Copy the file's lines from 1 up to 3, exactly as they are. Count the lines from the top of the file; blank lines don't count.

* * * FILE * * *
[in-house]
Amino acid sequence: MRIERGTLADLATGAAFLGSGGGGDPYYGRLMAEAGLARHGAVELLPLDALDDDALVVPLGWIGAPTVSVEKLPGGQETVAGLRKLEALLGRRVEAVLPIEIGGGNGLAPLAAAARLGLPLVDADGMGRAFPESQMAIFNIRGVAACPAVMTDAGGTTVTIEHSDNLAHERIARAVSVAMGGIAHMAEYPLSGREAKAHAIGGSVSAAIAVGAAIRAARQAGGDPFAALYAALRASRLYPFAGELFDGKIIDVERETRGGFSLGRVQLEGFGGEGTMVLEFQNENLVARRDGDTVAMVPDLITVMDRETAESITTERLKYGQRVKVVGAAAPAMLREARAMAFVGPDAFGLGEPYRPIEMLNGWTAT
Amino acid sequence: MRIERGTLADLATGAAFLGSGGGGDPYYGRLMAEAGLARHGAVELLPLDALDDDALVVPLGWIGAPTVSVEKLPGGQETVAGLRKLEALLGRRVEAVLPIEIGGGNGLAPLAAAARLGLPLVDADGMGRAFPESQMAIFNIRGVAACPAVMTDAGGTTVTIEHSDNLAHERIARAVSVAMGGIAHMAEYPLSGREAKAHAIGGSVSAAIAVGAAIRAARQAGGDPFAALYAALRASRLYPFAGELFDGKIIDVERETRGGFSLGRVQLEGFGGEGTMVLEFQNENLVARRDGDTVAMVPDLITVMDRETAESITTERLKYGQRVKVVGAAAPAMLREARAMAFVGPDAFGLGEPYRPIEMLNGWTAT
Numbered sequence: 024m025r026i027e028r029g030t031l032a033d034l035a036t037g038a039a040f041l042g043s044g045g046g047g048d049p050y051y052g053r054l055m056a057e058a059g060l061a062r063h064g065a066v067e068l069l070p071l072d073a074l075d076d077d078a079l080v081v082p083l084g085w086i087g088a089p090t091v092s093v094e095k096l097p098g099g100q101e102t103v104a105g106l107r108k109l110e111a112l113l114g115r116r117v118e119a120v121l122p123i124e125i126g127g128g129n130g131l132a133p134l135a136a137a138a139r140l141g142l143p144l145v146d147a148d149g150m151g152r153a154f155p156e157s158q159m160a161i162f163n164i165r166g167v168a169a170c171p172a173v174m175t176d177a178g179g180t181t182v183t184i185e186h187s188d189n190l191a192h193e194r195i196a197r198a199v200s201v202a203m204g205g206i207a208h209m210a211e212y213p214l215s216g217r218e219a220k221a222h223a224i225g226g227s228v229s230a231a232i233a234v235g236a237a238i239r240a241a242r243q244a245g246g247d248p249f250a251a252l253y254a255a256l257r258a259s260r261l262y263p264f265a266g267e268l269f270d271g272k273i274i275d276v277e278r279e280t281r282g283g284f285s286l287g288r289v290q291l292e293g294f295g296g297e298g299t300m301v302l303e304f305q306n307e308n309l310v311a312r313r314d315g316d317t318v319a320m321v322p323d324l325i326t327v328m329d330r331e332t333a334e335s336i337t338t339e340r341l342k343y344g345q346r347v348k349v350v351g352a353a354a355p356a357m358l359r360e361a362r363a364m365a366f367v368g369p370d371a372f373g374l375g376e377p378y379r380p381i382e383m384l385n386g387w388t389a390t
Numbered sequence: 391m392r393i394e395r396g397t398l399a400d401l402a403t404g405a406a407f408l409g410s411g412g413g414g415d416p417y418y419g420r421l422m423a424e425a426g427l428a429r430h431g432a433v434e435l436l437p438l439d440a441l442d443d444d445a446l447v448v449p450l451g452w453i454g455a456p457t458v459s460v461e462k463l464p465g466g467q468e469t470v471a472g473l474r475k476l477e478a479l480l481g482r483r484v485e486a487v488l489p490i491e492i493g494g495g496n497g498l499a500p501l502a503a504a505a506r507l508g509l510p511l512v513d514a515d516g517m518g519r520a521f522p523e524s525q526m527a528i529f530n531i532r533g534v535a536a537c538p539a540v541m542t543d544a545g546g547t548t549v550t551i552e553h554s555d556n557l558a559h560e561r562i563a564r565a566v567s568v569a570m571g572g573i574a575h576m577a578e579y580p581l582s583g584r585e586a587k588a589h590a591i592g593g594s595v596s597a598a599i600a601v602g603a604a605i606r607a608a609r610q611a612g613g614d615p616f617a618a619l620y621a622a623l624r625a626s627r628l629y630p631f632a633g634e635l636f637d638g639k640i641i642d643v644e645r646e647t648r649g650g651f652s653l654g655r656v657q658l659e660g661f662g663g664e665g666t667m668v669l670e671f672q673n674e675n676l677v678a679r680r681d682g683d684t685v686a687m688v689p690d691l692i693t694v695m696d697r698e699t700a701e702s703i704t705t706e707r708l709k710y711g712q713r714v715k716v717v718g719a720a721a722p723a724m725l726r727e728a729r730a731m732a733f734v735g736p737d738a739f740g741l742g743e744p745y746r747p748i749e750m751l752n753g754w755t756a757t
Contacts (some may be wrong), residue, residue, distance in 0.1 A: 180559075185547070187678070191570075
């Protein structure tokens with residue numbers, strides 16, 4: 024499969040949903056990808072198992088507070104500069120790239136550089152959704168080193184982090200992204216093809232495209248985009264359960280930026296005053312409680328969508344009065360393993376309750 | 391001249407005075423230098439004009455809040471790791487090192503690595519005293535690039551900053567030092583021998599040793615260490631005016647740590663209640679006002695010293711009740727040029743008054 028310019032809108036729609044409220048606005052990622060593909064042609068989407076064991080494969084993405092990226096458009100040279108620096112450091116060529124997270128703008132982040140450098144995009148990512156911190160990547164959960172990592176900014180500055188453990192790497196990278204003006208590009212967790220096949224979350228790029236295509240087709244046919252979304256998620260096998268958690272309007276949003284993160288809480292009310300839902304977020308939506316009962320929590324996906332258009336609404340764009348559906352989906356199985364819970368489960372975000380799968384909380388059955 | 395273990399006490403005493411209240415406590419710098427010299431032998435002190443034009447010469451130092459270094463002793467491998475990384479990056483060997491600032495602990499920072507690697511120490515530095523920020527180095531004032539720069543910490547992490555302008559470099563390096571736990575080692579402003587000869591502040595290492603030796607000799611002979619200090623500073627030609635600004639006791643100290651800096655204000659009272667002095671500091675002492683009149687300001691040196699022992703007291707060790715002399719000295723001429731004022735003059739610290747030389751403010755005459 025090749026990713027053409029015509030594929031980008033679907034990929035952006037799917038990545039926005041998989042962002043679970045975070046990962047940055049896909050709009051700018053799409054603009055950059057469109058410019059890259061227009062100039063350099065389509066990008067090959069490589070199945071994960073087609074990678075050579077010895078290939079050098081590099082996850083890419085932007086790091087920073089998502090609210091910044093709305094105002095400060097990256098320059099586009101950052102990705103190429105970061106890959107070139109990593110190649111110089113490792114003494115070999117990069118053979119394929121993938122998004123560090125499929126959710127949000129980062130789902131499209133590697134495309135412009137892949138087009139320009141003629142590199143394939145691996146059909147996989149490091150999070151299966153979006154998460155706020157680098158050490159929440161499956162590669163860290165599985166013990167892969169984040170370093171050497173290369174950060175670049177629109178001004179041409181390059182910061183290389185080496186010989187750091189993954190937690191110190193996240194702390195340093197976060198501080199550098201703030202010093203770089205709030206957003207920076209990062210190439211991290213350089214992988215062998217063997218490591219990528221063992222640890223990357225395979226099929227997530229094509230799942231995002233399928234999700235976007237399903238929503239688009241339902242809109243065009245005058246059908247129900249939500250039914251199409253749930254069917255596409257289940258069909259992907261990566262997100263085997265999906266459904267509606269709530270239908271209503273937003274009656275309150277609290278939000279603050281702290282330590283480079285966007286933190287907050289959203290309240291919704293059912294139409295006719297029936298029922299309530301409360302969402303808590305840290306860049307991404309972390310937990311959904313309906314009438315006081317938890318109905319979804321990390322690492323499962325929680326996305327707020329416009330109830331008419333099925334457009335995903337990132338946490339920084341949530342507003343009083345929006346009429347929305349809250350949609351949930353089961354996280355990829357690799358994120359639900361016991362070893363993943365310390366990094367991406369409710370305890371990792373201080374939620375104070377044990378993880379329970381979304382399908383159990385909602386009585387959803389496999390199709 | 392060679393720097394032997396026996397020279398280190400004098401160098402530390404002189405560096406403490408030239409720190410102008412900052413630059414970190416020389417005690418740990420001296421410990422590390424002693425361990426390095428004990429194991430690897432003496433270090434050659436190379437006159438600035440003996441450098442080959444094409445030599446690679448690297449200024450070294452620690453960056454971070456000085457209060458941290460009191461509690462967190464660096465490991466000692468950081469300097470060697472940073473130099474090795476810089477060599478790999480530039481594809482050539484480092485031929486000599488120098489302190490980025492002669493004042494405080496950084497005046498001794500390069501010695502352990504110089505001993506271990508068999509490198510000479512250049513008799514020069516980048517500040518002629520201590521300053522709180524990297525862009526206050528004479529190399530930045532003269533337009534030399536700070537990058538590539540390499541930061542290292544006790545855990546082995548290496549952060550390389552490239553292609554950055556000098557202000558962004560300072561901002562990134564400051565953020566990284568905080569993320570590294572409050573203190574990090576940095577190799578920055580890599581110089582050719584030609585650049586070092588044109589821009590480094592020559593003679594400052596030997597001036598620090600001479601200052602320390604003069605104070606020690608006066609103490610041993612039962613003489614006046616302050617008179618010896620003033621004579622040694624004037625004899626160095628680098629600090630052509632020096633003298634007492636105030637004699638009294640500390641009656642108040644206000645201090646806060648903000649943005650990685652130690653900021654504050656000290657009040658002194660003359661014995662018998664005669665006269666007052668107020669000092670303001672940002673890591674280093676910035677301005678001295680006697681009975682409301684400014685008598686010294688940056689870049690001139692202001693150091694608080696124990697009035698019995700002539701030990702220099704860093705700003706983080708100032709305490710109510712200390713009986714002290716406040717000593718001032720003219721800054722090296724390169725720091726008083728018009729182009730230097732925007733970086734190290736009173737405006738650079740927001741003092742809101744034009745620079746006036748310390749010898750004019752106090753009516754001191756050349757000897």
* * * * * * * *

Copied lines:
[in-house]
Amino acid sequence: MRIERGTLADLATGAAFLGSGGGGDPYYGRLMAEAGLARHGAVELLPLDALDDDALVVPLGWIGAPTVSVEKLPGGQETVAGLRKLEALLGRRVEAVLPIEIGGGNGLAPLAAAARLGLPLVDADGMGRAFPESQMAIFNIRGVAACPAVMTDAGGTTVTIEHSDNLAHERIARAVSVAMGGIAHMAEYPLSGREAKAHAIGGSVSAAIAVGAAIRAARQAGGDPFAALYAALRASRLYPFAGELFDGKIIDVERETRGGFSLGRVQLEGFGGEGTMVLEFQNENLVARRDGDTVAMVPDLITVMDRETAESITTERLKYGQRVKVVGAAAPAMLREARAMAFVGPDAFGLGEPYRPIEMLNGWTAT
Amino acid sequence: MRIERGTLADLATGAAFLGSGGGGDPYYGRLMAEAGLARHGAVELLPLDALDDDALVVPLGWIGAPTVSVEKLPGGQETVAGLRKLEALLGRRVEAVLPIEIGGGNGLAPLAAAARLGLPLVDADGMGRAFPESQMAIFNIRGVAACPAVMTDAGGTTVTIEHSDNLAHERIARAVSVAMGGIAHMAEYPLSGREAKAHAIGGSVSAAIAVGAAIRAARQAGGDPFAALYAALRASRLYPFAGELFDGKIIDVERETRGGFSLGRVQLEGFGGEGTMVLEFQNENLVARRDGDTVAMVPDLITVMDRETAESITTERLKYGQRVKVVGAAAPAMLREARAMAFVGPDAFGLGEPYRPIEMLNGWTAT